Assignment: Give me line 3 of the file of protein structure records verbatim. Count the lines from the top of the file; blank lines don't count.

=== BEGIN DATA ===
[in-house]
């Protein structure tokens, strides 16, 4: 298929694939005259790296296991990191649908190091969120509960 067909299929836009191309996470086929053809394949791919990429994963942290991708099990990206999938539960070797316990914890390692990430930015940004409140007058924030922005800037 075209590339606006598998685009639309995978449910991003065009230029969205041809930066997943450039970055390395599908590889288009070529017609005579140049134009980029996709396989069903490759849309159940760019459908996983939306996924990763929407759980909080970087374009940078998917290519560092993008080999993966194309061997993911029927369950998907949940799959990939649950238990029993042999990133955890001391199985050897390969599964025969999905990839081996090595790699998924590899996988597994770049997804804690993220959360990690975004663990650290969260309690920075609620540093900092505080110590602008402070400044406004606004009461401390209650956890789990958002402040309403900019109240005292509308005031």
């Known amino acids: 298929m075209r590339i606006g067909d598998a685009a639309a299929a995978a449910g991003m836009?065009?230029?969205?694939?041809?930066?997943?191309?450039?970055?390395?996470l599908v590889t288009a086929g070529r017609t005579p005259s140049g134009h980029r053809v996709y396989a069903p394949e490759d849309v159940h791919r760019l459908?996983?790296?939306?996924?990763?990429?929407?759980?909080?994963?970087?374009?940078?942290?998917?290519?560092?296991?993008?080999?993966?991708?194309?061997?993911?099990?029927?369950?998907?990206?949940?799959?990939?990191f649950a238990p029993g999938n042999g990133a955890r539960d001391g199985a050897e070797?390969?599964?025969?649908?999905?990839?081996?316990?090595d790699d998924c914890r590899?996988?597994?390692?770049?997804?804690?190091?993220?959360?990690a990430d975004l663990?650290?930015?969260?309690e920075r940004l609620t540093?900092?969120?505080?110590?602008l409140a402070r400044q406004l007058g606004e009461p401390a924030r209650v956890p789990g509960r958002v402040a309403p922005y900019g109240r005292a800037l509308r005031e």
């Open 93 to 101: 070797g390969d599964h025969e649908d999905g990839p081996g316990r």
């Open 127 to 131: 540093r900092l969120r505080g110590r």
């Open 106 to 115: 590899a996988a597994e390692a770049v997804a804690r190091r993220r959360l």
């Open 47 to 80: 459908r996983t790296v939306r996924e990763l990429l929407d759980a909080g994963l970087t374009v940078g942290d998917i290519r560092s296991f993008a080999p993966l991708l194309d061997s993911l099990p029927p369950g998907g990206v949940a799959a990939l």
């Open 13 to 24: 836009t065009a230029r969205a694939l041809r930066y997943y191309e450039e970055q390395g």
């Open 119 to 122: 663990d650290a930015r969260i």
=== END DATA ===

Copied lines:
């Known amino acids: 298929m075209r590339i606006g067909d598998a685009a639309a299929a995978a449910g991003m836009?065009?230029?969205?694939?041809?930066?997943?191309?450039?970055?390395?996470l599908v590889t288009a086929g070529r017609t005579p005259s140049g134009h980029r053809v996709y396989a069903p394949e490759d849309v159940h791919r760019l459908?996983?790296?939306?996924?990763?990429?929407?759980?909080?994963?970087?374009?940078?942290?998917?290519?560092?296991?993008?080999?993966?991708?194309?061997?993911?099990?029927?369950?998907?990206?949940?799959?990939?990191f649950a238990p029993g999938n042999g990133a955890r539960d001391g199985a050897e070797?390969?599964?025969?649908?999905?990839?081996?316990?090595d790699d998924c914890r590899?996988?597994?390692?770049?997804?804690?190091?993220?959360?990690a990430d975004l663990?650290?930015?969260?309690e920075r940004l609620t540093?900092?969120?505080?110590?602008l409140a402070r400044q406004l007058g606004e009461p401390a924030r209650v956890p789990g509960r958002v402040a309403p922005y900019g109240r005292a800037l509308r005031e």